On September 15, hundreds of students walked out of MacArthur High School in Irving in a demonstration opposing the removal of “safe space” signs and in solidarity with faculty members who have reportedly been suspended for displaying them. This was our response.
Irving ISD’s latest statement shows they continue to lack understanding about what LGBTQIA+ youth need to be supported at school. Simply stating that their classrooms are a “safe zone” does not actually make them safe. Ignoring the message that their students are sending by walking out will not solve the problem.
Over the past six years, Resource Center has been attempting to work with Irving ISD to bring equal protection for LGBTQIA+ students from bullying and harassment – among other issues. The responses from the District have ranged from stonewalling to denial that there is a problem. We are saddened, but not surprised by their latest statement.
Below is a timeline that illustrates just some of the good faith efforts made by Resource Center over the past six years.
Timeline of Correspondence with Irving ISD
Resource Center staff met with then-Associate Superintendent for Academics to discuss enumerated anti-bullying and anti-harassment policies on the basis of sexual orientation and gender identity and draft rules for transgender athletes.
In an email to Resource Center staff, the Associate Superintendent said, “We did review our policies with our legal department and we do believe that our policies allow for the protection of all special classes.”
Irving ISD did not adopt any enumerated bullying or harassment policies for sexual orientation or gender identity for students.
“Love is Love,” a book honoring the victims of the Pulse Nightclub shooting, was removed by Irving ISD as supplemental material for a ninth-grade English class for “extreme homosexual content.” Resource Center met with Irving ISD’s then-Superintendent and then-Chief Legal Counsel along with State Representative Rafael Anchia. Resource Center sent follow up requests to Chief Legal Counsel asking for their reasoning behind the book’s removal.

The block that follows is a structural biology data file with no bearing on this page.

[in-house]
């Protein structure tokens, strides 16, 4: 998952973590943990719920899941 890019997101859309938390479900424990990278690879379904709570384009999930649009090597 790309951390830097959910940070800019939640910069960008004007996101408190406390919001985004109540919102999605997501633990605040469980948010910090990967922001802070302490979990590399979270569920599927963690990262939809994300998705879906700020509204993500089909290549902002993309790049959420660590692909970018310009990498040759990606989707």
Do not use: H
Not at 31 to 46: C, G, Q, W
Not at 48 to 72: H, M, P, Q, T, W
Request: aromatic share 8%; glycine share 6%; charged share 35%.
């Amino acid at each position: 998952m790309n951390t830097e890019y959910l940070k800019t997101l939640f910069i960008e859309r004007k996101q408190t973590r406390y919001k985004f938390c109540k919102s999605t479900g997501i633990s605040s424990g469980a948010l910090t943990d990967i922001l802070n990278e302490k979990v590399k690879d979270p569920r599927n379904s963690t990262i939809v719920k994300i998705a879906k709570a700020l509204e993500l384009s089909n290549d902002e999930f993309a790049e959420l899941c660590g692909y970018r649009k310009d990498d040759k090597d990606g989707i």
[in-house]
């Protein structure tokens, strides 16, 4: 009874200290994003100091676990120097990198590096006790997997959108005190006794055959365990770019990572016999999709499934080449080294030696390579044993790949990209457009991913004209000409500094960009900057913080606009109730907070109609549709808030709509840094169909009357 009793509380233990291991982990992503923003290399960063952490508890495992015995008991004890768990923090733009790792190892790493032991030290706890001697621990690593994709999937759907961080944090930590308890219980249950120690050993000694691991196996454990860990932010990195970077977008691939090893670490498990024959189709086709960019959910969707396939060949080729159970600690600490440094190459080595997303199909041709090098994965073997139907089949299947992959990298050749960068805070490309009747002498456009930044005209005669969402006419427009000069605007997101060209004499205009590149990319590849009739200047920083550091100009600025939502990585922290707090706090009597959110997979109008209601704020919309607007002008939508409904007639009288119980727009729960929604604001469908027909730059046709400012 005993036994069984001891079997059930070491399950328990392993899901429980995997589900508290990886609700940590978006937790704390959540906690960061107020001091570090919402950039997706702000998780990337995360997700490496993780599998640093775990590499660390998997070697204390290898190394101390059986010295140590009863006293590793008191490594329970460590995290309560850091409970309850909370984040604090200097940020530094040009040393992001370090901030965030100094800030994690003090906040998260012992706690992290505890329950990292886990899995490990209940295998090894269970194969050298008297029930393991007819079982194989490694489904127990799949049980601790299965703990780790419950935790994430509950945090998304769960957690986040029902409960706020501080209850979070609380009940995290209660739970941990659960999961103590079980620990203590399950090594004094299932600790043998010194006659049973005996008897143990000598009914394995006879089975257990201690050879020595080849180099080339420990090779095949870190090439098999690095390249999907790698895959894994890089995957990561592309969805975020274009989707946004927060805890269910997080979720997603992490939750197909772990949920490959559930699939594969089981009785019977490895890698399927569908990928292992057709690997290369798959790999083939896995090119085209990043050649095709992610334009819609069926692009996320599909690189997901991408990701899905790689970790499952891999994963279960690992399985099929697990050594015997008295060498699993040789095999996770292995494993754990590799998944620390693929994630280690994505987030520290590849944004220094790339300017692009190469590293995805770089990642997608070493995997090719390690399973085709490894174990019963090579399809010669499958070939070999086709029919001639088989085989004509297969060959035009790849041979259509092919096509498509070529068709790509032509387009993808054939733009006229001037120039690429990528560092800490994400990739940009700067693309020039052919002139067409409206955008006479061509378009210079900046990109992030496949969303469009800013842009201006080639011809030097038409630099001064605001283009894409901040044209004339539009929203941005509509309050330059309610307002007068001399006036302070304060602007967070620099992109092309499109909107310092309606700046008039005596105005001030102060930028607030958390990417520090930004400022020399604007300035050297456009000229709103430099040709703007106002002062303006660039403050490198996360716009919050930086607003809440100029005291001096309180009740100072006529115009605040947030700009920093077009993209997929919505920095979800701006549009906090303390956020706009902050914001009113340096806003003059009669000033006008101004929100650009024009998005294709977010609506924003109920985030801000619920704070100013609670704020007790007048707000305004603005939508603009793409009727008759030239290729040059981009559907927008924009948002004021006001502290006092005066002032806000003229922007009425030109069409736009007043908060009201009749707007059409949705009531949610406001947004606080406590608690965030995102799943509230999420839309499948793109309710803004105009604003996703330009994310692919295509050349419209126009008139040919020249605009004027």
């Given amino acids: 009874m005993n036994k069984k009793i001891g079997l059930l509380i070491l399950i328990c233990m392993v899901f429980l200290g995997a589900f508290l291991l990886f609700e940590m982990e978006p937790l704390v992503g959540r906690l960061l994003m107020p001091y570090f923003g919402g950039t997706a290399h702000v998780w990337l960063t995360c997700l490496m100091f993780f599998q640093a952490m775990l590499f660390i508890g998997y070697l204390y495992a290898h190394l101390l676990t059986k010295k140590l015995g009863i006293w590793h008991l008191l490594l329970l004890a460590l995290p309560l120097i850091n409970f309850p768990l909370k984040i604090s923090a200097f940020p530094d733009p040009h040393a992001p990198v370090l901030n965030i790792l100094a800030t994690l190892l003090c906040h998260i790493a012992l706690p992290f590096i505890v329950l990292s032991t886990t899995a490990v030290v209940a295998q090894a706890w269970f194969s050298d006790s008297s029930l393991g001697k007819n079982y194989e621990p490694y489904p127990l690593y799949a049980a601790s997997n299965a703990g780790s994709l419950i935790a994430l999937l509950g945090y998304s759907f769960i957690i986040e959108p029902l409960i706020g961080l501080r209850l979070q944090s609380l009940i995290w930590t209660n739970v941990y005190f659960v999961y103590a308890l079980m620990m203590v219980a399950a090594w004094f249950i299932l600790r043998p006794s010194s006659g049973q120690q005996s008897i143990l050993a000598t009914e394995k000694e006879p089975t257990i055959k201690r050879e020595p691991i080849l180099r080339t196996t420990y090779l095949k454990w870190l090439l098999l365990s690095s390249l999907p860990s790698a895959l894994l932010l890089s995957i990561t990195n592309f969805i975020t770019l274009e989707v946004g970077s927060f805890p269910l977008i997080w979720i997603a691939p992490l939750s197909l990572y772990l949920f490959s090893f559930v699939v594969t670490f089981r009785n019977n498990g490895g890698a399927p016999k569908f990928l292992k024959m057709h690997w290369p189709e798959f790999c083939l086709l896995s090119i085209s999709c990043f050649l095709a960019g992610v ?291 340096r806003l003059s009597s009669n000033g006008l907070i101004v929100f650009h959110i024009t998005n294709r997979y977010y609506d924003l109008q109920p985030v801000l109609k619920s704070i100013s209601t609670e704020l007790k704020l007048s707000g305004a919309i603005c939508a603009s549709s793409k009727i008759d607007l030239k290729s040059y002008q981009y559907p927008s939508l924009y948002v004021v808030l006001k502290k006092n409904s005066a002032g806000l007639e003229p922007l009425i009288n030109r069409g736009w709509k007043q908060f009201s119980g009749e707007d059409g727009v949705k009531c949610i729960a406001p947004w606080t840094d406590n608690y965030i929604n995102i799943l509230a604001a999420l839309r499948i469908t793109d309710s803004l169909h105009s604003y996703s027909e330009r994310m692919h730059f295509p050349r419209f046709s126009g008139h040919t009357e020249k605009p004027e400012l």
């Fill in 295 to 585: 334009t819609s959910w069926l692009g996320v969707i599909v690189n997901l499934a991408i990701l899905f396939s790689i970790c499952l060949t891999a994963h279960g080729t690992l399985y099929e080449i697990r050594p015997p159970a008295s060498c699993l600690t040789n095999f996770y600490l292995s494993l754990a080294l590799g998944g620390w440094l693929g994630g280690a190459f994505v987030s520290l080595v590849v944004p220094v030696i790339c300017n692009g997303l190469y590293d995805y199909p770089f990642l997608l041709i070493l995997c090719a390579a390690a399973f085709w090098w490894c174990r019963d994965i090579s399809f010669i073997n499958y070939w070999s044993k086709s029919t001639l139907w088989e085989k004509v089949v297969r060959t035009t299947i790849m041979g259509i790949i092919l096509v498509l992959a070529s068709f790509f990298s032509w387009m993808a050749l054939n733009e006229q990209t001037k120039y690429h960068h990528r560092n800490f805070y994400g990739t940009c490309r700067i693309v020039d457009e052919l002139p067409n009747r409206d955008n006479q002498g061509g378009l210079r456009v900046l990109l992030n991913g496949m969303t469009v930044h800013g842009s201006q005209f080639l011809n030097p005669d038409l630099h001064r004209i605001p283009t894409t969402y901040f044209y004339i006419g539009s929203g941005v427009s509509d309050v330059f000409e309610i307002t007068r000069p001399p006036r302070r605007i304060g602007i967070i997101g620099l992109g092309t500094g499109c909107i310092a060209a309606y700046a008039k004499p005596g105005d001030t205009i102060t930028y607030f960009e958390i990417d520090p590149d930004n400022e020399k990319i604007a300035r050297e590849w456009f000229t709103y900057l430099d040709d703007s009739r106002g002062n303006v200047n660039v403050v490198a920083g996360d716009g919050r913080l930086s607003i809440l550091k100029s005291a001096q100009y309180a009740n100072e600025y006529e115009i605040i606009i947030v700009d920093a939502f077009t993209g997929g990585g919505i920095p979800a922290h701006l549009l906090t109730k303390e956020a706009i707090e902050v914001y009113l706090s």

Irving ISD evaded questions about whether the district had followed policy for removal of supplemental academic content and later cleared their conduct in this matter after an internal investigation.
Resource Center proposed a series of dates on which we could meet with Irving ISD trustees or the superintendent to discuss anti-bullying and anti-harassment.
This was our second attempt to engage Irving ISD in adding enumerated protections for sexual orientation and gender identity.
We eventually met with Irving ISD legal counsel and a representative from the superintendent’s office asking for these changes. In early 2020, the subject was addressed at an Irving ISD School Board Meeting.
According to Texas State Representative Terry Meza, who engaged with the district alongside the Center, Irving ISD was worried that adding the wording might be “misconstrued to mean that Irving ISD had a problem.”
Hundreds of students walk out of MacArthur High School over reports that LGBTQIA+ “safe space stickers” were removed from classrooms and teachers were reportedly suspended over them.
The district claims that developed guidelines to “ensure that posters, banners and stickers placed in classrooms, hallways or offices are curriculum driven and neutral in viewpoint.”
This is how we responded.
The district’s actions and response following the student walk out has been inadequate and shows they continue to lack understanding about what LGBTQIA+ youth need to be supported at school.
We're calling on the school district to take actionable steps to make its facilities a more inclusive and welcoming safe place for all.
- Return any/all teachers to the classrooms who have been suspended due to supporting LGBTQIA+ student safe spaces.
- Develop a comprehensive, inclusive plan to support LGBTQIA+ students, including a commitment for Gender-Sexuality Alliances (GSAs) on every high school campus to promote dialogue and understanding.
- Provide administration and staff training on LGBTQIA+ identities and risk factors faced by LGBTQIA+ students in Texas.